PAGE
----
One of the many defects of cable television is that it offers so many options that many a time, it becomes difficult for fidgety people like me to settle on a single channel. As per habit, I was aimlessly surfing the television a few days ago and I suddenly broke my shins against three young girls playing Azma Luck Azma on a popular English news channel. Pretty, petite, fair and fresh like only the women from the Valley look, these three were more than just that.
The very next moment, though, it all came crashing down. The news channel broke into headlines, “Mufti issues Fatwa against the all girl Kashmiri rock band, Pragaash, Calls it an un-Islamic act.” And then over the next thirty minutes, musicians, professors, Muftis, social workers, women’s rights activists, politicians and almost all the people who could possibly be called “experts” discussed everything, from Burqas to Bands. Honestly speaking, I was disappointed but not surprised. I, of all the people, understand the nuances of a female rock musician in this country and all that comes with it as the baggage of the appreciation. I am one of the very few female musicians in the state of Odisha who has experienced the whole gamble of being the part of a rock band and western music in a small town. And although I have not experienced even a speck of what these Kashmiri girls have had to endure, I have had a fair share of things. Believe it or not, I am, by the grand weave of things, attached by an invisible string to Pragaash.
I am lucky to have parents who support me in all my pursuits. But I wonder if my parents would continue doing so if tomorrow people threaten to rape me if I continue singing rock. Let alone my parents, will I be able to continue with the same conviction if someone intimidates me? I have a serious doubt. When I talk about “my fair share of things” I do say it because I have been looked down upon. I have been victimized to all those lewd remarks, to the numerous insults that echo from behind all that limelight and applause most of the time I perform and all this from an educated, posh and contemporary audience. I have managed to ignore them. Guess that is what women are meant to do. We are supposed to ignore everything and simply quit. We are expected to either swim with the current or be strangled by it. We are expected to be “cultured” and “bounded.” We are expected to sacrifice our passion because it doesn’t come under the “being social” list. We are living in extreme environments of arts. To make a career in the performing arts, we women must stick to doing not what we want to do but to do what everybody else wants us to do. And I think that is the reason, I don’t see women playing guitars, drums and keyboards or singing AC/DC and Evanescence much often. I don’t find it only in a particular community or religion. It is all over the country, especially in state like mine where we are nothing more than a bunch of wolves in sheep’s skin.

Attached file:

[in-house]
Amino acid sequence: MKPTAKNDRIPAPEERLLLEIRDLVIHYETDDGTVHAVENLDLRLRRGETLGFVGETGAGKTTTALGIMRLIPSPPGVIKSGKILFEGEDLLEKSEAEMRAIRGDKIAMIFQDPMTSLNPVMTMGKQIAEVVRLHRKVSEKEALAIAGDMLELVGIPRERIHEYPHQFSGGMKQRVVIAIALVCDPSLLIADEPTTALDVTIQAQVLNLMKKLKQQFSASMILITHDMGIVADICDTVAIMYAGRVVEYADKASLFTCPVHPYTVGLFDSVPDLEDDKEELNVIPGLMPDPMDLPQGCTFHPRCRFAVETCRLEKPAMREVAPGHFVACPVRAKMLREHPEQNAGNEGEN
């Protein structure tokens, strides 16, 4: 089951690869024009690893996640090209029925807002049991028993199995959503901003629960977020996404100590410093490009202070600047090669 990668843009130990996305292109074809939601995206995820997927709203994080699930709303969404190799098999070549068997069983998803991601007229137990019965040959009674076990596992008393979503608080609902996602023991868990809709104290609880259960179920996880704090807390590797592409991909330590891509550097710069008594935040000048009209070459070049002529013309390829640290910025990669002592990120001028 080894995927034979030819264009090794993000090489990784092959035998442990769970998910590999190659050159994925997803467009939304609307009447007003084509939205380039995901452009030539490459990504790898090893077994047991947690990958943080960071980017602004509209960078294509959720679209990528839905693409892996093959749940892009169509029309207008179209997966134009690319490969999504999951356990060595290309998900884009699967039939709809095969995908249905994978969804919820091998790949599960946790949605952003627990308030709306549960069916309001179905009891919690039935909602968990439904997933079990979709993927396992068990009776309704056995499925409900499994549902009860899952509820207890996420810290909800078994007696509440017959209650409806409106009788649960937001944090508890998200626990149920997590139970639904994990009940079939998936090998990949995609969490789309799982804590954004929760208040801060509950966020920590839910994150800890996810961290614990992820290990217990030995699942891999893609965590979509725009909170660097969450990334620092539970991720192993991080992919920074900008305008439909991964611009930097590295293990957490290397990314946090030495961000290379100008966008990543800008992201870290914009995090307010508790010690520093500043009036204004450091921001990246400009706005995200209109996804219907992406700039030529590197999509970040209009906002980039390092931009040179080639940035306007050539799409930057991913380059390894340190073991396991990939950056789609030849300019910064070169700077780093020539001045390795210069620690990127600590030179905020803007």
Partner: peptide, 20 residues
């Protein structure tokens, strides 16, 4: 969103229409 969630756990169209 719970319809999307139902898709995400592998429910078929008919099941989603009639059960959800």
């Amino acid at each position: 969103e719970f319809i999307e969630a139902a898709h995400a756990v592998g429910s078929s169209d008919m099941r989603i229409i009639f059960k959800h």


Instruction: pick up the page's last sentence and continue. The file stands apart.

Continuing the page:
If Pragaash ever reads this article, I would like to apologize to them, for I do not know whether I support them or I don’t. I am an amateur to comment on whether three Muslim Kashmiri girls playing rock music is right or wrong. And that is simply because I do not understand the reasons. I do not understand religion. I do not understand taboos. I do not understand sanctions. What I do understand is feminity and also that no amount of deviation can rob you and me of the very essence of it. There’s a strong sense of roots and recognition in us, for if there is a pair of jeans and a t-shirt covering your body, there is also that Hijaab wrapped on your head as a solitary testimony to your integrity. As for me, albeit, I sing rock songs and headbang on stage, yet I come back home everyday and sing Raaga Bhairavi and listen to Farida Khanum’s ghazals.
Times are changing. There are thousands of people out there who are encouraging women to give up conventions and forge into various genres. There is a whole different world out there that accepts women in the subcontinent singing and playing western music. Coming to Odisha, I know women who want to shun bollywood and bhajan and try a hand at western music. I know women who have posters of Monica Dogra, Sona Mohapatra and Tripti Kharnbangar on their bedroom doors. I know women who aspire of having a band and playing rock, blues, jazz and pop. But again, the sun is just on the horizon. I am waiting for the day it’ll light up the lives of many aspiring young female rock musicians here like me. I am hopeful. I have learnt to be.
– Pratikshya Priyadarshini
Pratikshya is a vocalist for the Cuttack based rock act Sweet Poison.
Being one of the very few contemporary female musicians of this state, she feels strongly about whatever happened to Pragaash and supports them with her heart.